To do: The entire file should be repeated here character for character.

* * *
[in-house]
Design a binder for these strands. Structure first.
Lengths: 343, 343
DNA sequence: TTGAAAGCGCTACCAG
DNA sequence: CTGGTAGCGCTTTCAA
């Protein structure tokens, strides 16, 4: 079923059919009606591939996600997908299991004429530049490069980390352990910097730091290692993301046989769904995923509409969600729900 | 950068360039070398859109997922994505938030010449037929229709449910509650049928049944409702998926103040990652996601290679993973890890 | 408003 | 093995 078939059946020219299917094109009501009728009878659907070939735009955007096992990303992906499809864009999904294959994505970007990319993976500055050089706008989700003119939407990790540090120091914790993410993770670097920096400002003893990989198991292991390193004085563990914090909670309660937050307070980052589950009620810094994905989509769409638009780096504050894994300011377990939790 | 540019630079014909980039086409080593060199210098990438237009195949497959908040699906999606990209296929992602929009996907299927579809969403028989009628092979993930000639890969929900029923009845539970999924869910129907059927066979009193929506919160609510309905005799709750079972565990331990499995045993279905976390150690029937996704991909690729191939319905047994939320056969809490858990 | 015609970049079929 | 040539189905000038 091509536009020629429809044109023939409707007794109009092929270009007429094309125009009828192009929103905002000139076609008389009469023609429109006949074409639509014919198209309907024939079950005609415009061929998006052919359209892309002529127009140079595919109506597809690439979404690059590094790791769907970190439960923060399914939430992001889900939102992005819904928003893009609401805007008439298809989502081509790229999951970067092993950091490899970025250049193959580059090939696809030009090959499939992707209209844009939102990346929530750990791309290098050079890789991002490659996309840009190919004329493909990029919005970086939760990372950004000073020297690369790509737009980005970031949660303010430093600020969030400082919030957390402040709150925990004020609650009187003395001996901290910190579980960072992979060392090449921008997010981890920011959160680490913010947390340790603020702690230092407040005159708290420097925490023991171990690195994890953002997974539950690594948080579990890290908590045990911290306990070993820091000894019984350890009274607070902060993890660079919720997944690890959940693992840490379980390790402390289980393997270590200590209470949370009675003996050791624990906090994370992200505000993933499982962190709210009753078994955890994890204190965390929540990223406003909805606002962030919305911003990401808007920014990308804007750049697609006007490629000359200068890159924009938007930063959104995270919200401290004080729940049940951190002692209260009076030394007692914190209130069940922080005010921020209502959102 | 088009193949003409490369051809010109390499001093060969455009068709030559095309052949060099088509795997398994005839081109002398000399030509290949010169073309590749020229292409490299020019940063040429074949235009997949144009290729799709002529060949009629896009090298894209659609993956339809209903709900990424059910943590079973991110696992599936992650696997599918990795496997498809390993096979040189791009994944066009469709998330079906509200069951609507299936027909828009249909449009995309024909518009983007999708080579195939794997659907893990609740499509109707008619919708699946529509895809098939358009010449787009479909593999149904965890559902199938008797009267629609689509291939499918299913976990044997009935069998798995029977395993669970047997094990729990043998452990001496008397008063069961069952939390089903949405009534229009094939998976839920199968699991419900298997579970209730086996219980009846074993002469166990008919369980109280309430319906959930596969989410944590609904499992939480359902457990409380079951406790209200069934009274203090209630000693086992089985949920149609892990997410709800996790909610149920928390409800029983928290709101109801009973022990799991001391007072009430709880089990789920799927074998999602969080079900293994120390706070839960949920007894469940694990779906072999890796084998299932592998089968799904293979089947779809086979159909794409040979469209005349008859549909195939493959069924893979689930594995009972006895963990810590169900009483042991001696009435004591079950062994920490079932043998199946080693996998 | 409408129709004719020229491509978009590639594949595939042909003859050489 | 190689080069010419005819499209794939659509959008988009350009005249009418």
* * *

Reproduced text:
[in-house]
Design a binder for these strands. Structure first.
Lengths: 343, 343
DNA sequence: TTGAAAGCGCTACCAG
DNA sequence: CTGGTAGCGCTTTCAA
């Protein structure tokens, strides 16, 4: 079923059919009606591939996600997908299991004429530049490069980390352990910097730091290692993301046989769904995923509409969600729900 | 950068360039070398859109997922994505938030010449037929229709449910509650049928049944409702998926103040990652996601290679993973890890 | 408003 | 093995 078939059946020219299917094109009501009728009878659907070939735009955007096992990303992906499809864009999904294959994505970007990319993976500055050089706008989700003119939407990790540090120091914790993410993770670097920096400002003893990989198991292991390193004085563990914090909670309660937050307070980052589950009620810094994905989509769409638009780096504050894994300011377990939790 | 540019630079014909980039086409080593060199210098990438237009195949497959908040699906999606990209296929992602929009996907299927579809969403028989009628092979993930000639890969929900029923009845539970999924869910129907059927066979009193929506919160609510309905005799709750079972565990331990499995045993279905976390150690029937996704991909690729191939319905047994939320056969809490858990 | 015609970049079929 | 040539189905000038 091509536009020629429809044109023939409707007794109009092929270009007429094309125009009828192009929103905002000139076609008389009469023609429109006949074409639509014919198209309907024939079950005609415009061929998006052919359209892309002529127009140079595919109506597809690439979404690059590094790791769907970190439960923060399914939430992001889900939102992005819904928003893009609401805007008439298809989502081509790229999951970067092993950091490899970025250049193959580059090939696809030009090959499939992707209209844009939102990346929530750990791309290098050079890789991002490659996309840009190919004329493909990029919005970086939760990372950004000073020297690369790509737009980005970031949660303010430093600020969030400082919030957390402040709150925990004020609650009187003395001996901290910190579980960072992979060392090449921008997010981890920011959160680490913010947390340790603020702690230092407040005159708290420097925490023991171990690195994890953002997974539950690594948080579990890290908590045990911290306990070993820091000894019984350890009274607070902060993890660079919720997944690890959940693992840490379980390790402390289980393997270590200590209470949370009675003996050791624990906090994370992200505000993933499982962190709210009753078994955890994890204190965390929540990223406003909805606002962030919305911003990401808007920014990308804007750049697609006007490629000359200068890159924009938007930063959104995270919200401290004080729940049940951190002692209260009076030394007692914190209130069940922080005010921020209502959102 | 088009193949003409490369051809010109390499001093060969455009068709030559095309052949060099088509795997398994005839081109002398000399030509290949010169073309590749020229292409490299020019940063040429074949235009997949144009290729799709002529060949009629896009090298894209659609993956339809209903709900990424059910943590079973991110696992599936992650696997599918990795496997498809390993096979040189791009994944066009469709998330079906509200069951609507299936027909828009249909449009995309024909518009983007999708080579195939794997659907893990609740499509109707008619919708699946529509895809098939358009010449787009479909593999149904965890559902199938008797009267629609689509291939499918299913976990044997009935069998798995029977395993669970047997094990729990043998452990001496008397008063069961069952939390089903949405009534229009094939998976839920199968699991419900298997579970209730086996219980009846074993002469166990008919369980109280309430319906959930596969989410944590609904499992939480359902457990409380079951406790209200069934009274203090209630000693086992089985949920149609892990997410709800996790909610149920928390409800029983928290709101109801009973022990799991001391007072009430709880089990789920799927074998999602969080079900293994120390706070839960949920007894469940694990779906072999890796084998299932592998089968799904293979089947779809086979159909794409040979469209005349008859549909195939493959069924893979689930594995009972006895963990810590169900009483042991001696009435004591079950062994920490079932043998199946080693996998 | 409408129709004719020229491509978009590639594949595939042909003859050489 | 190689080069010419005819499209794939659509959008988009350009005249009418």